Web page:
Phlox hug the ground and add a real splash of color.

Around three, I came on Steve and our Trekkers milling about a closed gate. A vehicle was parked behind the gate and two official looking people were leaning against the vehicle. I was about to learn that we were paying the price for not reviewing the final section of the trail.

“What’s up Steve?” I asked, wondering if we had managed to do something else to bring officialdom down on our heads.

“No problem,” Steve said, “they are just blasting with dynamite in the canyon.”

His words were punctuated by a rumbling sound. The guards were blocking the road so big rocks wouldn’t come rolling down on people using the canyon trails. It sounded like a good idea. In 1974, plans were underway for building the Auburn Dam and flooding another section of the beautiful American River. Land speculators were greedily selling property along the future edge of the lake. Later, building or not building the dam became one of the most contentious environmental issues in Northern California. The dam still isn’t built, and will likely never be.

“Um, how long do they plan on continuing to blast?” I asked. I pictured our Trek coming to an abrupt end. It wasn’t a totally unpleasant thought.

“We are in luck,” Steve reported. “They are just closing down their operations and won’t resume until Monday.”

Since it was Friday afternoon and we would be out of the canyon by Sunday, I had to agree. It was refreshing to see luck lean our way, although it made me nervous. That night we celebrated the winding down of our adventure by feeding our Trekkers steak and fresh salad. The feast went off without a hitch except it was amusing to see the Trekkers eat steaks out of bowls with spoons. (Forks, knives and plates normally get left behind when backpacking.) Fingers became the primary eating utensil. It wasn’t pretty, but no one seemed to mind. Civilization had definitely taken several steps backward. Everyone went to bed happy, including me.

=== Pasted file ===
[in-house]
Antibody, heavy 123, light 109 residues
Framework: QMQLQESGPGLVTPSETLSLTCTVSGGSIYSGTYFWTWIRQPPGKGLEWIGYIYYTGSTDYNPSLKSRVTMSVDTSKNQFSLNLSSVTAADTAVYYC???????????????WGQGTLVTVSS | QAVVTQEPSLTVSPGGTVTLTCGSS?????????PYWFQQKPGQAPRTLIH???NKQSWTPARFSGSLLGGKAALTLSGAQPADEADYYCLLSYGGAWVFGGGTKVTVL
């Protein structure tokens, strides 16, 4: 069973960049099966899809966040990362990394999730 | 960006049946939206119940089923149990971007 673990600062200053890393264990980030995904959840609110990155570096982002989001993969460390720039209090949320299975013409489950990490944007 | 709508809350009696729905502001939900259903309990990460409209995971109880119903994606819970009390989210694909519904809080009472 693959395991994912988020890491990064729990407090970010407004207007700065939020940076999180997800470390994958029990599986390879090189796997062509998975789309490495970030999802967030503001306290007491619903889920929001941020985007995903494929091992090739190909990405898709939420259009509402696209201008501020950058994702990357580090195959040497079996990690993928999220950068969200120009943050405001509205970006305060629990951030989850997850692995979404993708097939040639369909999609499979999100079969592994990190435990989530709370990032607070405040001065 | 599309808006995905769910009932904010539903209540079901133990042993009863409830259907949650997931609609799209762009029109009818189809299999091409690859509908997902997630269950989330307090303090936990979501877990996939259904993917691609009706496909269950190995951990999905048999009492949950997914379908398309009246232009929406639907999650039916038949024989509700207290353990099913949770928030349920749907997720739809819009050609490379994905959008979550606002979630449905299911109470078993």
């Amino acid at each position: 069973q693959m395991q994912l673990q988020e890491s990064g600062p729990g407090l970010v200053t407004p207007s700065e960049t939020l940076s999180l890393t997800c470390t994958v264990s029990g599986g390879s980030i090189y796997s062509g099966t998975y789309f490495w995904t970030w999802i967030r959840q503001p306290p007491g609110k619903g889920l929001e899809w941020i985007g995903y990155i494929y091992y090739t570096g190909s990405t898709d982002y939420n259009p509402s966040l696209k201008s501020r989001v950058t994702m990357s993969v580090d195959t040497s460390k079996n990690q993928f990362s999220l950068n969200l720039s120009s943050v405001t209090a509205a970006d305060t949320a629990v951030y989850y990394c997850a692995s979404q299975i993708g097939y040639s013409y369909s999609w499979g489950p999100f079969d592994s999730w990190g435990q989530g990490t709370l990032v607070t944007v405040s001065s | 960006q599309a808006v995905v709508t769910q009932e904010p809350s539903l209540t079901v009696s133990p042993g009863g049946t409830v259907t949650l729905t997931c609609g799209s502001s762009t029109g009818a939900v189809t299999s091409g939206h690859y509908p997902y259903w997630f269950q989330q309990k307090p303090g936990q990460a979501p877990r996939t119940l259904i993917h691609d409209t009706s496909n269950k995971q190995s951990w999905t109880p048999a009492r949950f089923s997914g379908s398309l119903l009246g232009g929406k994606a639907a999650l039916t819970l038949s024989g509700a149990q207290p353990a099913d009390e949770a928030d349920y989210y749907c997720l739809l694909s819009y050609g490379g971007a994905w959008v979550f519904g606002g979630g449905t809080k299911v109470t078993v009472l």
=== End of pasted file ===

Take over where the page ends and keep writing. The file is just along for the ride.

The Sierra Thistle can be a little prickly.

I’ll close today with a wild rose.


Friday: You are in for a treat. Lots and lots of fun and unique Burning Man sculptures.

Monday: Still thinking about it.

Wednesday: The final Sierra Trek blog.

Bears, Rattlesnakes, Heart Break, and Ham Cheddarton… The Sierra Trek: Part 3

Beauty in the Sierra Nevada Mountains comes in many forms, such as this Red Fir giant I found on Seavey Pass.

Beauty in the Sierra Nevada Mountains comes in many forms, such as this Red Fir giant I found on Seavey Pass along the Pacific Crest Trail.


In my last post about the Sierra Trek, I noted that the clock was ticking. We had a route that threatened to be covered in horse poop, a sponsor who believed that backpacking 100 miles in 9 days was insane, a barely edible meal of Ham Cheddarton for a quarter of our dinners, and 60 people, aged 11-70, ready to follow us across the mountains.

 It was now time for Steve and me to go out and check the route, to get a feel for how much trouble we were actually in! We had agreed to split the preview: Steve would backpack the first third of the route from Squaw Valley to Robinson Flat while I backpacked the second third from Robinson Flat to Forest Hill. We’d cover the final third the weekend before the Trek.